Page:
There must have been some profoundly original mind which started the whole development on its course. Are we to assume that some creative thinker, whose name and whose memory have perished, is the genius behind the NT theology? Such a conclusion would indeed be an argumentum ex silentio.   

There remains only one other possibility: the mind behind the NT reinterpretation of the OT theology of redemption was that of Jesus himself. Could any solution be more probable? It was the Lord himself who first suggested, as much by his deeds (signs) as by his words, the fundamental lines of the theology of the NT. 

One gains the impression from reading the Gospels that the disciples were slow to understand what Jesus was trying to teach them during his historical ministry (e.g. Mark 4:40f.; 6:51f; 8:16-21; 9:32, etc.; cf. Luke 24:25; John 14:9, etc.), and that it was not until after the crucifixion and resurrection that the clues which he had left with them began to shape in their minds a coherent pattern. After the resurrection of Jesus they themselves were conscious that they were being guided by the Spirit of the living Lord into all the truth concerning him (John 16:12-15); the things which the historical Jesus had said to them were now brought vividly to their remembrance through the activity of the Holy Spirit in their midst, and now they understood their inner meaning (John 14:26). 

This is the hypothesis upon which the argument of this volume is based, and it is our contention that it makes better sense of the NT evidence than does any other; its validity will be attested by its success or failure as a foundation for a coherent and soundly historical account of the theology of the apostolic Church.

Alan Richardson, An Introduction to the Theology of the New Testament (SCM Press, 1969 ed.), pages 22 to 23.

Wednesday, April 4, 2018

Encountering Jesus - OUR Emmaus journey:

This is an edited transcript of a sermon I preached 
at All Saints' Wickham Terrace, Brisbane (Australia), 
on Easter Day, 2003, at Evensong and Benediction.

It was near the end of Easter Day, the first Easter Day. According to Luke Chapter 24, two disciples of Jesus were on their way to Emmaus - about 11 km northwest of Jerusalem.

But their walk had become a trudge.

The bottom had fallen out of their world. Jesus of Nazareth, in whom they had placed their hope for a new and better world, had been killed by the authorities. He had such promise. "He could have called ten thousand angels . . ." as the old gospel song says. How come he didn't use his supernatural power to bring in God's Kingdom then and there?

That was a question in the minds of many people.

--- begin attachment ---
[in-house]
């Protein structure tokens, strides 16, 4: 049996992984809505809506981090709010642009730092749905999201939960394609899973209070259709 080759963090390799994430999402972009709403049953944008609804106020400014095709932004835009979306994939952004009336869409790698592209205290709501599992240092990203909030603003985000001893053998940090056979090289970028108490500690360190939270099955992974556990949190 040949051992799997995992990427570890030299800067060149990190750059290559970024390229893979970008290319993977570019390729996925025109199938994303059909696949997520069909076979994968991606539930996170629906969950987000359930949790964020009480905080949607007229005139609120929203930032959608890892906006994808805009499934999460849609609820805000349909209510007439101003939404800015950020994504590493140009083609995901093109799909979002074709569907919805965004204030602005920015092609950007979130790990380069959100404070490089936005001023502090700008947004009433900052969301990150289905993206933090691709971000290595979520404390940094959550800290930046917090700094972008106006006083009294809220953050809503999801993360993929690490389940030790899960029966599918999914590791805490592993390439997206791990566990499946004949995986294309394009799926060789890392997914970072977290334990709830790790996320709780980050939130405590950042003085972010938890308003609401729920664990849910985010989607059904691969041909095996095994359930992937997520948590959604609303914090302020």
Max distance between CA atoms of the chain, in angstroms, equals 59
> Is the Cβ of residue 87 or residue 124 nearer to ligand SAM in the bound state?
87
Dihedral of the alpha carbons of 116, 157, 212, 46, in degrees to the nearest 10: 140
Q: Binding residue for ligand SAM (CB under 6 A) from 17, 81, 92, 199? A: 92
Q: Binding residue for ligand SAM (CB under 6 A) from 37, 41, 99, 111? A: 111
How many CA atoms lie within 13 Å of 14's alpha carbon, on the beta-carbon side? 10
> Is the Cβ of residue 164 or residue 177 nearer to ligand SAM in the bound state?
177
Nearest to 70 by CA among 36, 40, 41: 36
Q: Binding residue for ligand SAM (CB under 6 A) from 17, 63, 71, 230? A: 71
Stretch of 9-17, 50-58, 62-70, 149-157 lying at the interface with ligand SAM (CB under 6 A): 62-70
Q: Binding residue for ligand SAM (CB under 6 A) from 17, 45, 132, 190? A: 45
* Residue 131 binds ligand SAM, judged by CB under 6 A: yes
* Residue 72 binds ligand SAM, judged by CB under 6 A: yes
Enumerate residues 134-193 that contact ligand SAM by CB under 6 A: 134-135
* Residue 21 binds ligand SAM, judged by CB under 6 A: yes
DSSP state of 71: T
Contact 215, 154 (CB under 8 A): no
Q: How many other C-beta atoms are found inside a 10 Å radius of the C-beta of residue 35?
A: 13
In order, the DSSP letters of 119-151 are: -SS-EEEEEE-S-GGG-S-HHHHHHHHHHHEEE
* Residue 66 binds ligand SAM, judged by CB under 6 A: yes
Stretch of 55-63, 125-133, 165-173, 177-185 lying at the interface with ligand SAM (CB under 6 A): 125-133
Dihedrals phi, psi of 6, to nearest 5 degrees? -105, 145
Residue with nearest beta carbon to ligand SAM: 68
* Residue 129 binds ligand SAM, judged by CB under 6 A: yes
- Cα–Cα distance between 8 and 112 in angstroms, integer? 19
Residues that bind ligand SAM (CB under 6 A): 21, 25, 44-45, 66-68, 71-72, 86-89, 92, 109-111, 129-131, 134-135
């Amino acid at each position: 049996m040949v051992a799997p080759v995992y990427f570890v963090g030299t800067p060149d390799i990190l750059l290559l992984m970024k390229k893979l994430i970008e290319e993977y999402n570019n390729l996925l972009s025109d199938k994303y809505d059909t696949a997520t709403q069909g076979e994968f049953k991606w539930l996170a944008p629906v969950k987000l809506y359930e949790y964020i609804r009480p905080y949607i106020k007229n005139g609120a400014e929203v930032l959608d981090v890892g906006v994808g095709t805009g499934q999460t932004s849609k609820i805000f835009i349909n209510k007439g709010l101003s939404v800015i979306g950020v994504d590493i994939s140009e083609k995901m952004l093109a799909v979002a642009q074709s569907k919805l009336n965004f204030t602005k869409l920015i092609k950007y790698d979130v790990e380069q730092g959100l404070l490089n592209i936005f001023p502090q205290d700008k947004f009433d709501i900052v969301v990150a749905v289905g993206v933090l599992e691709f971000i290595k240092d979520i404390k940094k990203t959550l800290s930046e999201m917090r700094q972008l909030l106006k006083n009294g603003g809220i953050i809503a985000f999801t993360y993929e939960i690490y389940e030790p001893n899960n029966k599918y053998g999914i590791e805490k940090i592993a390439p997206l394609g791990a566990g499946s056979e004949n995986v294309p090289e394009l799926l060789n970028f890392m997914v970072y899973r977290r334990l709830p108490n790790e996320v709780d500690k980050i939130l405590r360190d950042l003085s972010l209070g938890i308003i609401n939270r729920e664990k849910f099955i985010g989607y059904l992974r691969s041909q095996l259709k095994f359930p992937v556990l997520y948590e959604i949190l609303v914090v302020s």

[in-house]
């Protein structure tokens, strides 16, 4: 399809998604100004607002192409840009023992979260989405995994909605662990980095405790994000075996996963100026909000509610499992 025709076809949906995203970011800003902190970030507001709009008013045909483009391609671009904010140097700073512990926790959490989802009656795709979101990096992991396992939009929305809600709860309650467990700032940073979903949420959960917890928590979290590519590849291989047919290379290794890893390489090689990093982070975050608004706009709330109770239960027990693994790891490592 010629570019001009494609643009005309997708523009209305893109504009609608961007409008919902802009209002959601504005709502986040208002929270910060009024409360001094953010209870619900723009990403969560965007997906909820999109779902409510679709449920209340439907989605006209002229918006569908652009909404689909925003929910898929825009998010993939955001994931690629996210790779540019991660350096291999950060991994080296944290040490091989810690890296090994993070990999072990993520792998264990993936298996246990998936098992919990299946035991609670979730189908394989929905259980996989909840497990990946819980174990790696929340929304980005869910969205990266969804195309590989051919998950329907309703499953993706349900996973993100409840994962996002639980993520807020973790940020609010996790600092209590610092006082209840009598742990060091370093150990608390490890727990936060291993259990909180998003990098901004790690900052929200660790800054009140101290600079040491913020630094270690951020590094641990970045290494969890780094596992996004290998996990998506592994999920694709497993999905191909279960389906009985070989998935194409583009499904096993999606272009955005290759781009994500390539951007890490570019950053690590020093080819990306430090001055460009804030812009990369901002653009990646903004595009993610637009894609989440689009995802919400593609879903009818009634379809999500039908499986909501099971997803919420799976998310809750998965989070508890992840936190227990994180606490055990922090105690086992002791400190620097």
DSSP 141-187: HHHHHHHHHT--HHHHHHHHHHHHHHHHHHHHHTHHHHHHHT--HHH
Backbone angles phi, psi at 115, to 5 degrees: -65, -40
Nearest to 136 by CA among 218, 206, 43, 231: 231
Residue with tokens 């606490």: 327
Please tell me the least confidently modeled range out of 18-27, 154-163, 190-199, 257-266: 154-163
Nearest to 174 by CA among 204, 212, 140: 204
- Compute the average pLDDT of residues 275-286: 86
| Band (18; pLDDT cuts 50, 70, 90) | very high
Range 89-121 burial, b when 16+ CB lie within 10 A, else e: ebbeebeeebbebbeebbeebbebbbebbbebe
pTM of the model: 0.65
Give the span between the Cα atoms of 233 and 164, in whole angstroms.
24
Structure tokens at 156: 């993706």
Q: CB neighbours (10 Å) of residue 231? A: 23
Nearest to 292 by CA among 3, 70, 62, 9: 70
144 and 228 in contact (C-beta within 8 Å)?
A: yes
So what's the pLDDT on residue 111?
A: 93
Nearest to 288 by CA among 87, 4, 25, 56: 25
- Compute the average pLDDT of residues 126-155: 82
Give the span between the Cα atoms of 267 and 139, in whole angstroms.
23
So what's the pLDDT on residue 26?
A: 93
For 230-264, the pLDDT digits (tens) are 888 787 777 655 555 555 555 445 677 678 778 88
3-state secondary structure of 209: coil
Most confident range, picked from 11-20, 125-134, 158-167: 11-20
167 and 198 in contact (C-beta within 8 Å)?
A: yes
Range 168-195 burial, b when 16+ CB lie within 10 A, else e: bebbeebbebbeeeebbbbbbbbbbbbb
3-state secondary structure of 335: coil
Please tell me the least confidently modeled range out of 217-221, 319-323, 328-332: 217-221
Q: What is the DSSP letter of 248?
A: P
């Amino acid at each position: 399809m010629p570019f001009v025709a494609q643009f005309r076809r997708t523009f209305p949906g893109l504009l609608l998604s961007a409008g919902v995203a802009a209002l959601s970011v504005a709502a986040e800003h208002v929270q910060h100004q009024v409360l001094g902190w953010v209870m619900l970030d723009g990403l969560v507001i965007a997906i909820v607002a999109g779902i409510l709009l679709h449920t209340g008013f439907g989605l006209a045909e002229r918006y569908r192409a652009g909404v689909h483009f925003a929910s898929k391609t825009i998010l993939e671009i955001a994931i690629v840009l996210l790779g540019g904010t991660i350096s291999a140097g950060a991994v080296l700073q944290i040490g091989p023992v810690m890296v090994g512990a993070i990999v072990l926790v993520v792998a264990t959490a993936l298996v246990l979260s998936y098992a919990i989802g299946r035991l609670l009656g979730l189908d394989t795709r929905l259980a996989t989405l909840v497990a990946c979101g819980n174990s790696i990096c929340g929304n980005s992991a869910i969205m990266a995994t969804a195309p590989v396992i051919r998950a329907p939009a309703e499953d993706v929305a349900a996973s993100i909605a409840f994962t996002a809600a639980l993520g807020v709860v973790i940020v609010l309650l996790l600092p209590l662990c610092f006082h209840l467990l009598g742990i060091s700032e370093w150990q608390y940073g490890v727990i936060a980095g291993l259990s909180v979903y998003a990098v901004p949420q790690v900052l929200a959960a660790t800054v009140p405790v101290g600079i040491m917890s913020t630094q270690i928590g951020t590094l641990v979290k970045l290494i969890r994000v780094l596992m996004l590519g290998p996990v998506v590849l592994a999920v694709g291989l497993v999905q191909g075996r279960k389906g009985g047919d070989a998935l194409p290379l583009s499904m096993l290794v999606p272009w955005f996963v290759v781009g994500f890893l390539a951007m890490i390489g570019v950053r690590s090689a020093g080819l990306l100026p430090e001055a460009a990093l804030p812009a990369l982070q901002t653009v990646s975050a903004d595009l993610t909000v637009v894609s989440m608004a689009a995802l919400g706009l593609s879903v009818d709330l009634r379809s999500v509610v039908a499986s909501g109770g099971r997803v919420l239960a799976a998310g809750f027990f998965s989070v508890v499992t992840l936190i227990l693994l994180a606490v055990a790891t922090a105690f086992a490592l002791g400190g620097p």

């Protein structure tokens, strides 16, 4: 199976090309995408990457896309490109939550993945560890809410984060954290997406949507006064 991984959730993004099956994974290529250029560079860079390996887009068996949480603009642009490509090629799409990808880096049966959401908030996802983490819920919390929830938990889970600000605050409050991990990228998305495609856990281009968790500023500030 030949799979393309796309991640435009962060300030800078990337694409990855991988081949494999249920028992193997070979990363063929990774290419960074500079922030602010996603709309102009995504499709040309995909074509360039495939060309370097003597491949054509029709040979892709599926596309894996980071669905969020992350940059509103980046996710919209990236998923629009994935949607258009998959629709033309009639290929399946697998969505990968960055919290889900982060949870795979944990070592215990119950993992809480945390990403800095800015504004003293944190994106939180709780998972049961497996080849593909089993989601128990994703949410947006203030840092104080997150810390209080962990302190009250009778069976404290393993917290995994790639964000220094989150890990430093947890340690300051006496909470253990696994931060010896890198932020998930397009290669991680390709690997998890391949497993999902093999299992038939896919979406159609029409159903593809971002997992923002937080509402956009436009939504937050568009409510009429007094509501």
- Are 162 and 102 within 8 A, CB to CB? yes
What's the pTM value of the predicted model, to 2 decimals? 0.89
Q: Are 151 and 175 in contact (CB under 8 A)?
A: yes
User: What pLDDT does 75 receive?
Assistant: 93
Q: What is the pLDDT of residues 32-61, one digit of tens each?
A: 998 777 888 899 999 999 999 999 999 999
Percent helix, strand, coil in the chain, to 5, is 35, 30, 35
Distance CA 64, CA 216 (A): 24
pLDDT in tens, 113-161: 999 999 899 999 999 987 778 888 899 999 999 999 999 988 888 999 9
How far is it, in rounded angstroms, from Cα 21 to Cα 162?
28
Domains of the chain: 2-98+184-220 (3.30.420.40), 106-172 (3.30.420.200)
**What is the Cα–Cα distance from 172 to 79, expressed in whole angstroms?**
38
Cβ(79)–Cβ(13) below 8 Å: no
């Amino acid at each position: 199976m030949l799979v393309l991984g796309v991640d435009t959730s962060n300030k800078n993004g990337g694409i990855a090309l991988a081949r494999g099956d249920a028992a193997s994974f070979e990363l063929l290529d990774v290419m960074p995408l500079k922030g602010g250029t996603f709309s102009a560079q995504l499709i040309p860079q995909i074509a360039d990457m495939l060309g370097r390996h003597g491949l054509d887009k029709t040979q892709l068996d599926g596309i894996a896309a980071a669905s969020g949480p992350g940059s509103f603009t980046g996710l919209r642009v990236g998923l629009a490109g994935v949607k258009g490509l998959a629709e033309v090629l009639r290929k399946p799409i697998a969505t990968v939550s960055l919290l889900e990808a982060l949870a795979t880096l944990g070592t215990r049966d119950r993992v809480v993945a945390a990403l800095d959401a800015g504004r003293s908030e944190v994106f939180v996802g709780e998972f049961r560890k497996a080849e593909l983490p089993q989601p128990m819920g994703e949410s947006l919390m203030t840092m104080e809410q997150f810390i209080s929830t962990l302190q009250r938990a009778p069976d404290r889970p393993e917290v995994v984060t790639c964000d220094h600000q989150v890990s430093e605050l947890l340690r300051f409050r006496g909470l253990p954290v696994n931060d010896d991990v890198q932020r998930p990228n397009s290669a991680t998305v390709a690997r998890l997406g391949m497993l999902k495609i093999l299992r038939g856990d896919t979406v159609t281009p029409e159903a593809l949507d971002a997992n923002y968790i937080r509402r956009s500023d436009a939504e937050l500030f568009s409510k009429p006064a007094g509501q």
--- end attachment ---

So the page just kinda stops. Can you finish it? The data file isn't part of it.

It seems that these two had not been part of the inner circle of disciples. Most likely they were among the hundreds who heard Jesus preach and believed in him, who knew him from a distance, from among the crowd.

There they were. Downhearted, despondent and without hope. But they became aware of someone else walking with them. Why didn't they know it was Jesus?

Commentators give all sorts of reasons. I think it was simply that they didn't expect it to be him, and they might never have seen him up close, anyway.

But . . . isn't that a picture of what happens to us? Hopes and dreams crumble, communities disintegrate, businesses go under, people let us down, super funds lose their value, we get a serious illness, or we're simply engulfed by an unexplained torpor. Things like these - and many others besides - trigger off the kind of depression and fear that can destroy us from the inside out.

How many times, when we feel like that, and our walk has become a trudge, do we fail to recognise the presence of Jesus with us?

Because . . . he DOES walk with you and me. Even when we don't recognise him he walks with us because he loves us. We call that "grace". He walks with you; he walks with me. Just as on that Road to Emmaus, he draws near in a special way when our journey becomes a trudge. He is there . . . in our darkest moments.

Though they didn't recognise him, Jesus managed to take their minds off themselves and how they felt. In fact, their hearts began to change even before they realised who he was. We know that, because later on when they looked back on the experience they said: "Did not our hearts burn within us while he talked to us on the road, while he opened to us the scriptures?" (Luke 24:32)

There was something about his presence as he taught them from the Old Testament. ". . . beginning with Moses and all the prophets, he interpreted to them in all the scriptures the things concerning himself " (v. 27).

When they reached Emmaus, Jesus "made as if he was going further." Do you understand what he did . . . instead of imposing himself on them he gave them the prerogative of saying "yes" or "no" to what had begun happening in their lives. He does that to us!

And, do you know, we can close ourselves off to what might become a great adventure of faith, or we can - as people say - "go with the flow."

That's what they did. Even before they understood exactly what was happening to them, "they constrained him, saying, "Stay with us, for it is toward evening and the day is now far spent" (v.29). They invited him in.